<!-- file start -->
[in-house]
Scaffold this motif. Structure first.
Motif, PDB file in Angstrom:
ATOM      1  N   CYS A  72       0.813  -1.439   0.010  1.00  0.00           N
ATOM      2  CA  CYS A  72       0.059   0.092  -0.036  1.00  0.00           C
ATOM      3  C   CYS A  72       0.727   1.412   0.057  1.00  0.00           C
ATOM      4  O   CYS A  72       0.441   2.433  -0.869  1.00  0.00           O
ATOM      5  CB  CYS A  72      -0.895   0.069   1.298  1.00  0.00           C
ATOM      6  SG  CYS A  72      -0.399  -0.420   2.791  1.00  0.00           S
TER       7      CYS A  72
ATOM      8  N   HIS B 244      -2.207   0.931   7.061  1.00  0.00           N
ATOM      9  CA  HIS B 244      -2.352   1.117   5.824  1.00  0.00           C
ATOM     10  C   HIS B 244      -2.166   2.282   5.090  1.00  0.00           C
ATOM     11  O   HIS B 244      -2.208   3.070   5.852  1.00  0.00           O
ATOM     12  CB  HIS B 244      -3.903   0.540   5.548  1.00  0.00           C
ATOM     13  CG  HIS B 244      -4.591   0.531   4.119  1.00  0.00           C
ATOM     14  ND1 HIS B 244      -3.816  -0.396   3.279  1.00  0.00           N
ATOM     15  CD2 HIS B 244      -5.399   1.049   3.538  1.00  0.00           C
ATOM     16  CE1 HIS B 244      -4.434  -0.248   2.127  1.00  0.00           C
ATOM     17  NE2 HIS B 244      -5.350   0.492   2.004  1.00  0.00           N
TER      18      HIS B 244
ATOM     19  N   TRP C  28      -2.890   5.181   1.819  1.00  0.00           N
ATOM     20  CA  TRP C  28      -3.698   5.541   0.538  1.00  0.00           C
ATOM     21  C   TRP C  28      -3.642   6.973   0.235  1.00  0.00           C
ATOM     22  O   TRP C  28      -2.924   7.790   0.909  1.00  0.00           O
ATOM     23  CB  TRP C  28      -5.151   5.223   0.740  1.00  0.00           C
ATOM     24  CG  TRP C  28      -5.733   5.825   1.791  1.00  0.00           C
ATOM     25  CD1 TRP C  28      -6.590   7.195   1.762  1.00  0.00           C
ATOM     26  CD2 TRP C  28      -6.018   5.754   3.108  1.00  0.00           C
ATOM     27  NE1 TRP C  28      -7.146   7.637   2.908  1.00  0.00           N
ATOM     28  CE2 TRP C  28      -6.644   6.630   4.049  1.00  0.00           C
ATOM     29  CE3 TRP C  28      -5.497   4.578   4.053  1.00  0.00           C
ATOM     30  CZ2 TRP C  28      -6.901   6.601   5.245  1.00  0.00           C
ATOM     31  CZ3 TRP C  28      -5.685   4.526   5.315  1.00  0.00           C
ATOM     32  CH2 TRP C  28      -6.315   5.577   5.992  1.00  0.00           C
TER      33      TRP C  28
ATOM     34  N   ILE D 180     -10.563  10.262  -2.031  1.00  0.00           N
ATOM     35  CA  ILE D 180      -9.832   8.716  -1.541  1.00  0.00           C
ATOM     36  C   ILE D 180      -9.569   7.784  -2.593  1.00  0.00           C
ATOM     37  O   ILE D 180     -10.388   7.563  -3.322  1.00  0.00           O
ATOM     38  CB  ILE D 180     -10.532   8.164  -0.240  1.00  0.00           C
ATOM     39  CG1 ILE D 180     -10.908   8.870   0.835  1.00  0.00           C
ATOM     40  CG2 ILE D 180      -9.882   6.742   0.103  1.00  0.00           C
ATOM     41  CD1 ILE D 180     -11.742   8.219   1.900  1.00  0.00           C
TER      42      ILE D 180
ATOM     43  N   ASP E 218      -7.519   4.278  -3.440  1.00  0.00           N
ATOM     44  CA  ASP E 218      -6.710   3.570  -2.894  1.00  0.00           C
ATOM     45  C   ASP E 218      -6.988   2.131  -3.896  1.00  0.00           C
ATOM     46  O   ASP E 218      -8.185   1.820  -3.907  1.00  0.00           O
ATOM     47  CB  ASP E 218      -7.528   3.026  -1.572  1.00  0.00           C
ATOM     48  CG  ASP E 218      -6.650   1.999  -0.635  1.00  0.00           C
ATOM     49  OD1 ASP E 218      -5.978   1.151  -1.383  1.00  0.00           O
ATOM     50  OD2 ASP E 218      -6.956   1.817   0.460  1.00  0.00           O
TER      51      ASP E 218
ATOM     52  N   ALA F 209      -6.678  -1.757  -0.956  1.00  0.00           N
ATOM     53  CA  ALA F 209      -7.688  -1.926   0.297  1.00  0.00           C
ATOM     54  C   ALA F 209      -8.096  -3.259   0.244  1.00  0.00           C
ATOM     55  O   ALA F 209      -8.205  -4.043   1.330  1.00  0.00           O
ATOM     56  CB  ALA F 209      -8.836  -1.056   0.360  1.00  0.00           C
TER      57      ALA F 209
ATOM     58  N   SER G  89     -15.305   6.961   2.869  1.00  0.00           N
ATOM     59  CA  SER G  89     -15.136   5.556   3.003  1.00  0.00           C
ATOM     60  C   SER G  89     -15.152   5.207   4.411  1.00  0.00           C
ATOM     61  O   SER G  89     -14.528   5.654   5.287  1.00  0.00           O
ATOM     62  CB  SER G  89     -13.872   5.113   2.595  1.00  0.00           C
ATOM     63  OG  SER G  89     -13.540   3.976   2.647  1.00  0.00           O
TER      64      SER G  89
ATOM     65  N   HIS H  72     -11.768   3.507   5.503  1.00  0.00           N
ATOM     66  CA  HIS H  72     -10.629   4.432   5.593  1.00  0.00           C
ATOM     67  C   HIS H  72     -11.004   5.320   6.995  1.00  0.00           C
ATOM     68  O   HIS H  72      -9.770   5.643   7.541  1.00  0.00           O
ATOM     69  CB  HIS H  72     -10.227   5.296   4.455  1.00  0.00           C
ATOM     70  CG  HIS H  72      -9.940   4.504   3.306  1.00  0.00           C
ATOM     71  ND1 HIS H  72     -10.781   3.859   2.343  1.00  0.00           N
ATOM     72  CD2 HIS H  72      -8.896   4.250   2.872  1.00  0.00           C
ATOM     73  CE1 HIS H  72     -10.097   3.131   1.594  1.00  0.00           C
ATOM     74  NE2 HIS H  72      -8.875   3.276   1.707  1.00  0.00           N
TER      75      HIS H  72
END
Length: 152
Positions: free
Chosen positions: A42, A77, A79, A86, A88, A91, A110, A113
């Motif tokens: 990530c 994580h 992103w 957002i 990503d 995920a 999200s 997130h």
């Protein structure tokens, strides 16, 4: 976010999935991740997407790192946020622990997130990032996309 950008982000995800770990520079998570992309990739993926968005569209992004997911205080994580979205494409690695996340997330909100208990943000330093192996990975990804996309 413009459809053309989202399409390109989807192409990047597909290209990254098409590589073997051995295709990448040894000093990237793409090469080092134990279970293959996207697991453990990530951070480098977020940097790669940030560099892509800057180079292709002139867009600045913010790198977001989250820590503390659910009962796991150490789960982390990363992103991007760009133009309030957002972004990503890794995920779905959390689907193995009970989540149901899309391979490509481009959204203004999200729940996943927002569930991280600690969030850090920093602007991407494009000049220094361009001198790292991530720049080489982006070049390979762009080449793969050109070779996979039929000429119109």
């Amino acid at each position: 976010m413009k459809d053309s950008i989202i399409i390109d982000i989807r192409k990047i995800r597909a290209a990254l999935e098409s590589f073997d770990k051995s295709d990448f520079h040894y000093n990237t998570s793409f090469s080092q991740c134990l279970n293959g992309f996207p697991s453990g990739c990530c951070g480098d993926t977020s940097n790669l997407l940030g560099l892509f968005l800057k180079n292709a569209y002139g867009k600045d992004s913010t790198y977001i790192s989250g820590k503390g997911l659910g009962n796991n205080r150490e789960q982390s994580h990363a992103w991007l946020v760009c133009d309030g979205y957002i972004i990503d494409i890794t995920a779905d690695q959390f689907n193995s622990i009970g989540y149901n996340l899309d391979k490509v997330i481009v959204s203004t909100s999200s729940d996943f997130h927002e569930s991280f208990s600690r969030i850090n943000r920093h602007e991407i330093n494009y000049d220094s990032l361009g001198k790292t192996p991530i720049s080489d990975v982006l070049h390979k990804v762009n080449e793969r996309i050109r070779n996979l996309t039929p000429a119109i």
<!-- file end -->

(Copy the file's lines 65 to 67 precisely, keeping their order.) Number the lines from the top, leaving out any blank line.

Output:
ATOM     62  CB  SER G  89     -13.872   5.113   2.595  1.00  0.00           C
ATOM     63  OG  SER G  89     -13.540   3.976   2.647  1.00  0.00           O
TER      64      SER G  89